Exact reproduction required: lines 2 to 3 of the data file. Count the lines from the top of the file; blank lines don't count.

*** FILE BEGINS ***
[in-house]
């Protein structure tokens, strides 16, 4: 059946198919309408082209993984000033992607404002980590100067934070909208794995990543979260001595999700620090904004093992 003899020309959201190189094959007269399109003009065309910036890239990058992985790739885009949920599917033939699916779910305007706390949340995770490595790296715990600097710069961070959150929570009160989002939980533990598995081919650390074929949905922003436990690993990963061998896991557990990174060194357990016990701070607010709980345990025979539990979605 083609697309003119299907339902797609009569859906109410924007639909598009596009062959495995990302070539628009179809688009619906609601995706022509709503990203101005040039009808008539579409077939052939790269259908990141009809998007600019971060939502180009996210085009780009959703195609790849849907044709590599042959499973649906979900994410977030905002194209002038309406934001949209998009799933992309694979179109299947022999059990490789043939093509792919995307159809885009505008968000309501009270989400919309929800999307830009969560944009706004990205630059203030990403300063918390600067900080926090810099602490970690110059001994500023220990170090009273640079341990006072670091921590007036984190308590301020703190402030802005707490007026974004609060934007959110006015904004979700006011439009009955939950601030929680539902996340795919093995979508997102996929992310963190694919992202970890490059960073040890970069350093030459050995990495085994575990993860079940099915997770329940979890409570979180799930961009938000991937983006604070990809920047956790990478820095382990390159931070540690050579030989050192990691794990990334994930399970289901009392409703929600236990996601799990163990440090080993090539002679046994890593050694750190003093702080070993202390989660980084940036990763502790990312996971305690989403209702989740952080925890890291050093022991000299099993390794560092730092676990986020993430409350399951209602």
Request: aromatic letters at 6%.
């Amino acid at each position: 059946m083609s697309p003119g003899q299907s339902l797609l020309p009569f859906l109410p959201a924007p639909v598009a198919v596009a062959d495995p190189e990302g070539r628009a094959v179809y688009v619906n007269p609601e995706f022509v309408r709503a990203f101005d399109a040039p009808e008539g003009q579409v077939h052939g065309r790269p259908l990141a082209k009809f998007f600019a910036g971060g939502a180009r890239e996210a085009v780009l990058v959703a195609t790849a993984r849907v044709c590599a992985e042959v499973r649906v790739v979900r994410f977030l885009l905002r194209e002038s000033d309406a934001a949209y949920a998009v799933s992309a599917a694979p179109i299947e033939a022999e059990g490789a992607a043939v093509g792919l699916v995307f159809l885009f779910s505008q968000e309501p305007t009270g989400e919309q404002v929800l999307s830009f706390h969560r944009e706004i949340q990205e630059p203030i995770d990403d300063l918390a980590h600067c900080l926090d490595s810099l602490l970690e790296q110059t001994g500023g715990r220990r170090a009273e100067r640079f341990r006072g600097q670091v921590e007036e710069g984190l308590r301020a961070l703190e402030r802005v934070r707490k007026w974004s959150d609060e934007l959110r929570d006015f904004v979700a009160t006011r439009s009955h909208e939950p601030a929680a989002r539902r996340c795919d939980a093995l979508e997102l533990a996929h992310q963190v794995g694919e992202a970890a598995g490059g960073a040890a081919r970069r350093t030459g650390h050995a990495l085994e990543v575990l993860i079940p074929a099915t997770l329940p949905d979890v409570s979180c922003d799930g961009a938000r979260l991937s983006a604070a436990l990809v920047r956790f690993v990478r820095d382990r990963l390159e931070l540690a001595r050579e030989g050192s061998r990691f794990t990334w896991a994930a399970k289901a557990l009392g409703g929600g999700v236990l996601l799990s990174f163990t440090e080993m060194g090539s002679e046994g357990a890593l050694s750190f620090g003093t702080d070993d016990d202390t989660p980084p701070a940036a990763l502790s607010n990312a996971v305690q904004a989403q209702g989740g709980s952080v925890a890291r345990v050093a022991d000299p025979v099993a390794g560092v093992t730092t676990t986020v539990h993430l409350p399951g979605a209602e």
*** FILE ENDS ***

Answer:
């Protein structure tokens, strides 16, 4: 059946198919309408082209993984000033992607404002980590100067934070909208794995990543979260001595999700620090904004093992 003899020309959201190189094959007269399109003009065309910036890239990058992985790739885009949920599917033939699916779910305007706390949340995770490595790296715990600097710069961070959150929570009160989002939980533990598995081919650390074929949905922003436990690993990963061998896991557990990174060194357990016990701070607010709980345990025979539990979605 083609697309003119299907339902797609009569859906109410924007639909598009596009062959495995990302070539628009179809688009619906609601995706022509709503990203101005040039009808008539579409077939052939790269259908990141009809998007600019971060939502180009996210085009780009959703195609790849849907044709590599042959499973649906979900994410977030905002194209002038309406934001949209998009799933992309694979179109299947022999059990490789043939093509792919995307159809885009505008968000309501009270989400919309929800999307830009969560944009706004990205630059203030990403300063918390600067900080926090810099602490970690110059001994500023220990170090009273640079341990006072670091921590007036984190308590301020703190402030802005707490007026974004609060934007959110006015904004979700006011439009009955939950601030929680539902996340795919093995979508997102996929992310963190694919992202970890490059960073040890970069350093030459050995990495085994575990993860079940099915997770329940979890409570979180799930961009938000991937983006604070990809920047956790990478820095382990390159931070540690050579030989050192990691794990990334994930399970289901009392409703929600236990996601799990163990440090080993090539002679046994890593050694750190003093702080070993202390989660980084940036990763502790990312996971305690989403209702989740952080925890890291050093022991000299099993390794560092730092676990986020993430409350399951209602």
Request: aromatic letters at 6%.